Individual retirement accounts (IRAs) share many characteristics of retirement plan accounts like 401(k) accounts or Thrift Savings Plan accounts, but differ in many other ways.
The main similarities? Tax-deferred growth possibilities, as both forms of accounts generally offer tax-deferred earnings from interest income, dividends, and capital gains. They also offer the potential to reduce your income tax burden, though in different ways.
They both offer the possibility of taking hardship distributions for items like unreimbursed medical expenses, medical insurance, disability, qualified college expenses, and first-time home purchases. Generally, hardship distributions are limited to the amount of your contributions or deferrals. Some distributions are taxed and typically also incur a 10% early-withdrawal penalty if taken prior to the age of 59½.
The subtle, but important, differences between IRAs and 401(k) accounts arise when answering the questions below.
- Where do contributions come from and how are they handled from a tax standpoint?
- How are early distributions treated?
- When are federal taxes withheld automatically?
- When do Required Minimum Distributions (RMDs) begin?
IRA vs 401(k) contributions.
Contributions to traditional IRAs may be tax deductible. Contributions to Roth IRAs are not deductible.
Contributions to workplace retirement plan accounts — with the exception of Roth 401(k)s — are typically taken from pre-tax dollars, money taken from your paycheck prior to it being taxed.
IRA vs 401(k) distributions.
Distributions from traditional IRAs are subject to specific requirements. Generally, a distribution taken before the age of 59½ is subject to a 10% early distribution penalty. The penalty no longer applies once you reach 59½. However, all distributions are taxed as ordinary income. In the case of a Roth IRA, distributions made before age 59½ are not taxed or penalized provided the amount withdrawn is smaller than what you contributed. When you need money from your 401(k) or other retirement account — in a non-hardship situation — it must first pass through to an IRA (a rollover IRA) after you separate employment. At that point, it’s subject to normal terms of distributions from IRAs.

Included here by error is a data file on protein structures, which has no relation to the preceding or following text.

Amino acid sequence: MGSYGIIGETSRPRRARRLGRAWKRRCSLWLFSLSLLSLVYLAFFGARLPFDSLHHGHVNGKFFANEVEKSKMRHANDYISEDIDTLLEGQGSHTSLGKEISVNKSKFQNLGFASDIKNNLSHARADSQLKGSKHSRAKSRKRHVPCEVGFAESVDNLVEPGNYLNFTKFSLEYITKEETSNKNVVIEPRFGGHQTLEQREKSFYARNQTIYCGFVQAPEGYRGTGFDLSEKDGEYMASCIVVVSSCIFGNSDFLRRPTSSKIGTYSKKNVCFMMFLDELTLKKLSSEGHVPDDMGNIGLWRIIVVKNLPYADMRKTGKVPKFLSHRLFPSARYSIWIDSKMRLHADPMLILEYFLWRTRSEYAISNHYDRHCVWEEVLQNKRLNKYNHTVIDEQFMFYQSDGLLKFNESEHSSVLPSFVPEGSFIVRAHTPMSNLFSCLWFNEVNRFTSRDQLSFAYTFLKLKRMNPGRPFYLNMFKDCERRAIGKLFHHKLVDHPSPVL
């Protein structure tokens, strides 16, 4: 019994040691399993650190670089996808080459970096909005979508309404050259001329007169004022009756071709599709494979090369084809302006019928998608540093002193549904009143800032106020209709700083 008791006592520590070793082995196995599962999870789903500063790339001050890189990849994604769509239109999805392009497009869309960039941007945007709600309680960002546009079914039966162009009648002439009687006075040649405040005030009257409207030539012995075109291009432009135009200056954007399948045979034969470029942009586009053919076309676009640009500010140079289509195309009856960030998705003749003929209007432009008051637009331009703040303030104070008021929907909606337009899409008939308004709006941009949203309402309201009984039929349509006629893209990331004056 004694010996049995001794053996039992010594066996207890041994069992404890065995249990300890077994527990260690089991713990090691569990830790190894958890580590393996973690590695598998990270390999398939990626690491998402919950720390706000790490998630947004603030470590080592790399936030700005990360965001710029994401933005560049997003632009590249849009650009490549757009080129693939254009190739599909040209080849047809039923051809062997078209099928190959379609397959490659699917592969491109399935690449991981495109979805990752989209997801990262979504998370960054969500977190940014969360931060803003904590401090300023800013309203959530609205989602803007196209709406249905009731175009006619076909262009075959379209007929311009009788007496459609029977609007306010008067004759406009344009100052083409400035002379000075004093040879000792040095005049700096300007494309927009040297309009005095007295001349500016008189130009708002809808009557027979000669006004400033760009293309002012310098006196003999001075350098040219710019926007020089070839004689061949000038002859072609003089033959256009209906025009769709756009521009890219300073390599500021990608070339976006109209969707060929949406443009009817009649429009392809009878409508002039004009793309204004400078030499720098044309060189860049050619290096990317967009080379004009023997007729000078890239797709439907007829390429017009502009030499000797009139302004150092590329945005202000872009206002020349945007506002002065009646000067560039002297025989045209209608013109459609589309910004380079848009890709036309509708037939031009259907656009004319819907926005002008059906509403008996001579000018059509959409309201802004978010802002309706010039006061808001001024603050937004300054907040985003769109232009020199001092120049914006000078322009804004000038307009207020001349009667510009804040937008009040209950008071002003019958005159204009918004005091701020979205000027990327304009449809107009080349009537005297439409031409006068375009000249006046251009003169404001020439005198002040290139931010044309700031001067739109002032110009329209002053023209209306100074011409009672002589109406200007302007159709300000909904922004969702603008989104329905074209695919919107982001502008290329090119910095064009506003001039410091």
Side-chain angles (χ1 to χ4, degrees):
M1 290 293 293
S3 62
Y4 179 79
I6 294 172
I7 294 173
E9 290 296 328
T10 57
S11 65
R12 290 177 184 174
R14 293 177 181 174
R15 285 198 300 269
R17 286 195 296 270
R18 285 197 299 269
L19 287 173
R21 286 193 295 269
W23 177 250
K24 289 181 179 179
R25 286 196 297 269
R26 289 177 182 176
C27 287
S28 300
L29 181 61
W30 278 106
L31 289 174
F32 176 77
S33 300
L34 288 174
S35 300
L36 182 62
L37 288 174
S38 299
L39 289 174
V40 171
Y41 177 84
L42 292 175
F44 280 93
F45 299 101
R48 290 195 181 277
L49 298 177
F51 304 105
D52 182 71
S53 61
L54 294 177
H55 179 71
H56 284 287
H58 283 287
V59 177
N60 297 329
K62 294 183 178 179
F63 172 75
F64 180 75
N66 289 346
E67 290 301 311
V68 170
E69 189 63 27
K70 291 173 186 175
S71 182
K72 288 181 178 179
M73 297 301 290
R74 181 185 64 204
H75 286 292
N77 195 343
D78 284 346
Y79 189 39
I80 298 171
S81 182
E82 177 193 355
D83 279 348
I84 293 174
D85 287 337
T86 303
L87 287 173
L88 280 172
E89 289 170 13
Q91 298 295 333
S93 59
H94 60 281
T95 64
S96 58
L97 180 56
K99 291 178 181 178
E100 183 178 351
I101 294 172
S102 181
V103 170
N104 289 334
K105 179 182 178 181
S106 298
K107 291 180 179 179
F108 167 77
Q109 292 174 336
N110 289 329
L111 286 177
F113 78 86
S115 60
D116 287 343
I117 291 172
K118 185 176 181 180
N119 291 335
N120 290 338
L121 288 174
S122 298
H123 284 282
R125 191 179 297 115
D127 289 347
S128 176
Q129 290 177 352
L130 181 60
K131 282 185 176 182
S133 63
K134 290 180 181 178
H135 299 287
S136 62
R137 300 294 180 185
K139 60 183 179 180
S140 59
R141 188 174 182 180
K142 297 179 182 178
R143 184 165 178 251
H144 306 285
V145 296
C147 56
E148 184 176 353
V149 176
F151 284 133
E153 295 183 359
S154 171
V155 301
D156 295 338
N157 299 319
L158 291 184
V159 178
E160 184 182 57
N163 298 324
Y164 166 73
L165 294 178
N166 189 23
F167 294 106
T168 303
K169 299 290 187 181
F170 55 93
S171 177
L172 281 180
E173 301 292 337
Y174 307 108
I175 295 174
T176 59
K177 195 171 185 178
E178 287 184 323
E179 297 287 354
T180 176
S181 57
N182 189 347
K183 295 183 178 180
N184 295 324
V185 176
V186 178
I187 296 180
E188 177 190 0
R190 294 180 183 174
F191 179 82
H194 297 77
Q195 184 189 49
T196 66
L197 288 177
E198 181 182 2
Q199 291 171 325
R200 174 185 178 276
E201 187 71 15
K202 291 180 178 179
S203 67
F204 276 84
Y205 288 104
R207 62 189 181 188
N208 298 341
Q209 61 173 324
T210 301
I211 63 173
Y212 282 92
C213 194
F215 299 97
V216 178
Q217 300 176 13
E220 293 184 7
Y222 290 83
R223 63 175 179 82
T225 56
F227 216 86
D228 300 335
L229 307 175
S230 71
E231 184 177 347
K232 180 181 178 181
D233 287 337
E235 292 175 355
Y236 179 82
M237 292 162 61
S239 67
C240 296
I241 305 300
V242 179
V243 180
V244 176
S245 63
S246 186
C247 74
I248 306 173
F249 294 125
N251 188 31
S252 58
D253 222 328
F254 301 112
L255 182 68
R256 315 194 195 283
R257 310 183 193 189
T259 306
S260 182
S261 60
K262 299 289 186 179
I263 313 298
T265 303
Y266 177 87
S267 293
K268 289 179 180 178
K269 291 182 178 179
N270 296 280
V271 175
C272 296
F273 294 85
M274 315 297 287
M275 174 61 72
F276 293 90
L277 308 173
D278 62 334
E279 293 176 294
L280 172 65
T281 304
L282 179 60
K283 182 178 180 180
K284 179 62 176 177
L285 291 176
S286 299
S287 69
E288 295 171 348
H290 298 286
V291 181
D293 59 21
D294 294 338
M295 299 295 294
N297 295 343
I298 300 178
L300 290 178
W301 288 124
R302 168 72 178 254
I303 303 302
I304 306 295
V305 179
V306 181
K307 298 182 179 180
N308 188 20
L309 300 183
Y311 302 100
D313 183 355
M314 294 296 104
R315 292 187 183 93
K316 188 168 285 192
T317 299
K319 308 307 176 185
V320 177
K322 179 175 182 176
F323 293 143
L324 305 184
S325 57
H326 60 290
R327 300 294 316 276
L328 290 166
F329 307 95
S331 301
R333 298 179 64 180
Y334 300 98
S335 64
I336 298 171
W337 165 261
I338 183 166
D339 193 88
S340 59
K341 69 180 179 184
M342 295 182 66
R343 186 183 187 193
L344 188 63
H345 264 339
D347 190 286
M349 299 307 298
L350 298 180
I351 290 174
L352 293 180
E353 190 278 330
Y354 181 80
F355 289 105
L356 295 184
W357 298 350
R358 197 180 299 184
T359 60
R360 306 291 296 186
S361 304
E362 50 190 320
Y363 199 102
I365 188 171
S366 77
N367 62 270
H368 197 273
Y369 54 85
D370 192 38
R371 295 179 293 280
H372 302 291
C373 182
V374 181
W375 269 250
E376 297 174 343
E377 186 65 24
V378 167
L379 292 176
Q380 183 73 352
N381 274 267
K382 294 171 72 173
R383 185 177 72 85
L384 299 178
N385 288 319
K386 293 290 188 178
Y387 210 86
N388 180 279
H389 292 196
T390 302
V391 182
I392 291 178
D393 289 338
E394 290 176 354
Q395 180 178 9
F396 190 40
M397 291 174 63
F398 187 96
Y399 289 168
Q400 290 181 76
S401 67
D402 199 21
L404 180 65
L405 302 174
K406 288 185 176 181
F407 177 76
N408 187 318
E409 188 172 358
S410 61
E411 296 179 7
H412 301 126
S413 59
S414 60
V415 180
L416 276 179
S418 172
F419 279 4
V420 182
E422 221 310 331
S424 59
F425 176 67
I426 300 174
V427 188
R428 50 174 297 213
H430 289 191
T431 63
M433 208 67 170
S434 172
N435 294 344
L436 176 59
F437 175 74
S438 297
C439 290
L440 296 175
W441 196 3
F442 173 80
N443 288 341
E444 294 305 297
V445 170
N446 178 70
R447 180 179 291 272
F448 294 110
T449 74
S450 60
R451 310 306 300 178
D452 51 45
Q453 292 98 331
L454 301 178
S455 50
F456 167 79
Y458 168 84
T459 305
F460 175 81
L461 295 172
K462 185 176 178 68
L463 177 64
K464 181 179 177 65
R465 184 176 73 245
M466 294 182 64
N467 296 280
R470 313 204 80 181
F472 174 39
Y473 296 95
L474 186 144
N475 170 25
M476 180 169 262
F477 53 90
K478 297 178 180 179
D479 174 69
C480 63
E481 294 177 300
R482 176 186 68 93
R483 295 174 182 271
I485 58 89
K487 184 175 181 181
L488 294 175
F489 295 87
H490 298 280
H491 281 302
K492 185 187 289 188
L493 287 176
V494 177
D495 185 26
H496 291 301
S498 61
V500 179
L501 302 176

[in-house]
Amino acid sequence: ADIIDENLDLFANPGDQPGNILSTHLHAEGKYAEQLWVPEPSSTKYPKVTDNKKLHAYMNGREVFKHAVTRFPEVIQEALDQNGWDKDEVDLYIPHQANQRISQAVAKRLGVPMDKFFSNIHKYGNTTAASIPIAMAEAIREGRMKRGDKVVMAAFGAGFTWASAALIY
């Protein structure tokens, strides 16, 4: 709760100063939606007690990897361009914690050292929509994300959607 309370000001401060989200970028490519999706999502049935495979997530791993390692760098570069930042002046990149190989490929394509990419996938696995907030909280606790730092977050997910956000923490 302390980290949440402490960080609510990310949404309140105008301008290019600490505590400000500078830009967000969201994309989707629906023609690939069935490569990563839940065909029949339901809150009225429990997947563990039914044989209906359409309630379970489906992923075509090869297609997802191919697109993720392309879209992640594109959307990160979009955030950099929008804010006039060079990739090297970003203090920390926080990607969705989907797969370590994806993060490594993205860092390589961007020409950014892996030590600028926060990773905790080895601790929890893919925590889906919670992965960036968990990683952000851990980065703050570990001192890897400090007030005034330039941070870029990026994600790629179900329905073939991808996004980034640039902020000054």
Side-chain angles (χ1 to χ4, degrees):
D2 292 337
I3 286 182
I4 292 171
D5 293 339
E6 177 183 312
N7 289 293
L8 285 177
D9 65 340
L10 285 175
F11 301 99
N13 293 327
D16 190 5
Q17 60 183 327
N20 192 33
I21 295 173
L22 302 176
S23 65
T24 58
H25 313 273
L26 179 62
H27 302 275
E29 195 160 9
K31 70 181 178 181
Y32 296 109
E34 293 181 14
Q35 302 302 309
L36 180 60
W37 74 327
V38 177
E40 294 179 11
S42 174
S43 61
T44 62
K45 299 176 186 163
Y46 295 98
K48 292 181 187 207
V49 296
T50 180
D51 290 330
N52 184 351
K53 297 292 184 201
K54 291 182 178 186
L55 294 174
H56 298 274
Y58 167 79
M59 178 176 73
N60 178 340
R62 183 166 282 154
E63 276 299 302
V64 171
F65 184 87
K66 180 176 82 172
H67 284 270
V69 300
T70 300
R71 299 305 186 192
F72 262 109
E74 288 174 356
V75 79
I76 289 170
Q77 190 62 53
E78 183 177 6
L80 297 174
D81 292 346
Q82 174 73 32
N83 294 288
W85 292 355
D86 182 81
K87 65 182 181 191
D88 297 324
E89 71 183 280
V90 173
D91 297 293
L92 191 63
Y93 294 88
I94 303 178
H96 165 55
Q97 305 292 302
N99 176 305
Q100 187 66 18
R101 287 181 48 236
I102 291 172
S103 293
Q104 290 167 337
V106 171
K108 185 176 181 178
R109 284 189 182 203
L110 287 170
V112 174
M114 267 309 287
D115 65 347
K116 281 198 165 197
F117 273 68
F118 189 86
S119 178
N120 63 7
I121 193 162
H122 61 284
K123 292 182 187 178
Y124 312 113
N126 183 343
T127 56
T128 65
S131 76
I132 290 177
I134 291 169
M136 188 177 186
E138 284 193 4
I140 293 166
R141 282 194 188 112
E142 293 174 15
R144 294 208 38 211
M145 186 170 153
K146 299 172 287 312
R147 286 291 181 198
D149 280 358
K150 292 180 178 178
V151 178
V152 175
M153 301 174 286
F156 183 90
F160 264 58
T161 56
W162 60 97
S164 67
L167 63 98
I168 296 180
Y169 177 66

If you are remaining in your job, but would still like to access money in your 401(k) account, you may be able to borrow the needed funds. Many 401(k) plans offer loan provisions.
When you move money from your retirement plan directly to an IRA or another qualified retirement plan — and the transfer is direct from one account custodian to another — your investments are not subject to federal taxes. If the transfer is indirect, your investments are subject to a 20% federal tax withholding.
Qualifying distributions from a contributory or rollover IRA are subject to federal and state taxes as ordinary income after you reach age 59½.
If your investments are held in a Roth IRA, distributions of income, capital gains, and dividends are not taxed if you’re 59½ and your account has been open five years. Also, until you reach that age, distributions are untaxed as long as they don’t exceed your contribution total.
In the year you reach age 70½, your investments are subject to required minimum distributions (RMDs) unless they’re in a Roth IRA. RMD rules apply to all employer-sponsored retirement plans as well as traditional IRAs and IRA-based plans like SEPs and SIMPLE IRAs. RMD rules do not apply to Roth IRAs while the owner is alive. The amount of your RMD is determined largely by three things: your age, life expectancy conversion tables from the IRS, and the combined balance of your investments in qualified investment accounts.
One final thing: while many employers offer matching contributions to their employees’ retirement plan accounts, they don’t make matching contributions to their employees’ IRAs.